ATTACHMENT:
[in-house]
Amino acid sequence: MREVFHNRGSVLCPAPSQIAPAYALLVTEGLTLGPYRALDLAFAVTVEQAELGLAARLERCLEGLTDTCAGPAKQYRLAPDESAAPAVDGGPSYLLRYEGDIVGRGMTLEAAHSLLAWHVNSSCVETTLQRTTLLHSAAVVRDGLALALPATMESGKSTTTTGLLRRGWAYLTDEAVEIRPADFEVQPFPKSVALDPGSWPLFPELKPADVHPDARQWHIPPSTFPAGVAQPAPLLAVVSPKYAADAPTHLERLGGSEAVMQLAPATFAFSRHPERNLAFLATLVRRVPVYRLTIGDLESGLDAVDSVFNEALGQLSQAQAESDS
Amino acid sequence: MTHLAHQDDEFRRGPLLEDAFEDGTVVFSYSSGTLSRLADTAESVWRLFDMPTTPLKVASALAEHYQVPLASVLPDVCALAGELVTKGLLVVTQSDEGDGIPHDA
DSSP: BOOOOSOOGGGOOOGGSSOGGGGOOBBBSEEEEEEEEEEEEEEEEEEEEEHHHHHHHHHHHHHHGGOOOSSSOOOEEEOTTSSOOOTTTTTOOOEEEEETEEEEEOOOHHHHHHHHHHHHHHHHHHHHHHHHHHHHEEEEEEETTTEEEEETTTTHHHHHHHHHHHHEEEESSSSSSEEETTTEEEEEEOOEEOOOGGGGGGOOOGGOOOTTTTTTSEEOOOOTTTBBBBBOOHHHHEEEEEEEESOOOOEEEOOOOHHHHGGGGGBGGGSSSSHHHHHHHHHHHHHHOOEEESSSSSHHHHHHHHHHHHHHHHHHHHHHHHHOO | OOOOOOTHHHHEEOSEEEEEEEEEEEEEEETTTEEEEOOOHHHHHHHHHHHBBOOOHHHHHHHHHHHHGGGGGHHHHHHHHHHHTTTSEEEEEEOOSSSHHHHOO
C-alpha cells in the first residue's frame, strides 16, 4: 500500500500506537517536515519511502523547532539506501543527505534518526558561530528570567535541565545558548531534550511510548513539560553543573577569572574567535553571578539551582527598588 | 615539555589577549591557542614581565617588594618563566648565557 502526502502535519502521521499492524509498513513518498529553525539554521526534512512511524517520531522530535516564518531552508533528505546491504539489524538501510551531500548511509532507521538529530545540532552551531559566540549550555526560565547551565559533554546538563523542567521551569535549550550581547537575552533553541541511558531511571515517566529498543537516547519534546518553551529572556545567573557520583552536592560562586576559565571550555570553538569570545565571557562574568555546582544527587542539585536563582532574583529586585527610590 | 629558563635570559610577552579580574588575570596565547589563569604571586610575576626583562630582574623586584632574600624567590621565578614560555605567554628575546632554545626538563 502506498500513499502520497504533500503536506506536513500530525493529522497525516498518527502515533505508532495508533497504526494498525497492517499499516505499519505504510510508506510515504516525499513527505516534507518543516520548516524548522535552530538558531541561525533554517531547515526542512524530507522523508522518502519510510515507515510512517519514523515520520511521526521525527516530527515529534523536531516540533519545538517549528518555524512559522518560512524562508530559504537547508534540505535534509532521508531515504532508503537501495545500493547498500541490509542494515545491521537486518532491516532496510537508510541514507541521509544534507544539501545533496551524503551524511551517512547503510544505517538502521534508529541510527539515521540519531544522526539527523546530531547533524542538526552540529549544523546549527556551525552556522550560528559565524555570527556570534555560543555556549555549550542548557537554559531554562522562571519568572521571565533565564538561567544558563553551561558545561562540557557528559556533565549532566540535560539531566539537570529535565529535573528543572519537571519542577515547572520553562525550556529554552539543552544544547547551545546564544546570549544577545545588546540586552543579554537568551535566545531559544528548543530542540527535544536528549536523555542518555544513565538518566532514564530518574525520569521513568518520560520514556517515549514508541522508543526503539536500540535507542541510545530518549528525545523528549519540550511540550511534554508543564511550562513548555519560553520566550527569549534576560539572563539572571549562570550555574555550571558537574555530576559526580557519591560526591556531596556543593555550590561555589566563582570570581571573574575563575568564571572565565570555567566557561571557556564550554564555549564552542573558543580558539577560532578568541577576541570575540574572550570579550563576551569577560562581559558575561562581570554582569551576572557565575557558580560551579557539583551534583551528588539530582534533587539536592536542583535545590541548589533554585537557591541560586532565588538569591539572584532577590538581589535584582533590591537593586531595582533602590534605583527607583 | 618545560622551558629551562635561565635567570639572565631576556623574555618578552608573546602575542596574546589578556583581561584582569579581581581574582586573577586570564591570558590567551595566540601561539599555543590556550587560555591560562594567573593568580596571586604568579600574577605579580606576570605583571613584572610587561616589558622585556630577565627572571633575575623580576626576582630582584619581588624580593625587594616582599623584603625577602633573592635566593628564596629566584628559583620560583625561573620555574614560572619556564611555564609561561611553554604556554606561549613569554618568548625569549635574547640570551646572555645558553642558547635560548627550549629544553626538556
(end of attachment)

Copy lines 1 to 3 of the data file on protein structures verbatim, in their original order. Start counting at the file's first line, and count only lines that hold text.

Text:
[in-house]
Amino acid sequence: MREVFHNRGSVLCPAPSQIAPAYALLVTEGLTLGPYRALDLAFAVTVEQAELGLAARLERCLEGLTDTCAGPAKQYRLAPDESAAPAVDGGPSYLLRYEGDIVGRGMTLEAAHSLLAWHVNSSCVETTLQRTTLLHSAAVVRDGLALALPATMESGKSTTTTGLLRRGWAYLTDEAVEIRPADFEVQPFPKSVALDPGSWPLFPELKPADVHPDARQWHIPPSTFPAGVAQPAPLLAVVSPKYAADAPTHLERLGGSEAVMQLAPATFAFSRHPERNLAFLATLVRRVPVYRLTIGDLESGLDAVDSVFNEALGQLSQAQAESDS
Amino acid sequence: MTHLAHQDDEFRRGPLLEDAFEDGTVVFSYSSGTLSRLADTAESVWRLFDMPTTPLKVASALAEHYQVPLASVLPDVCALAGELVTKGLLVVTQSDEGDGIPHDA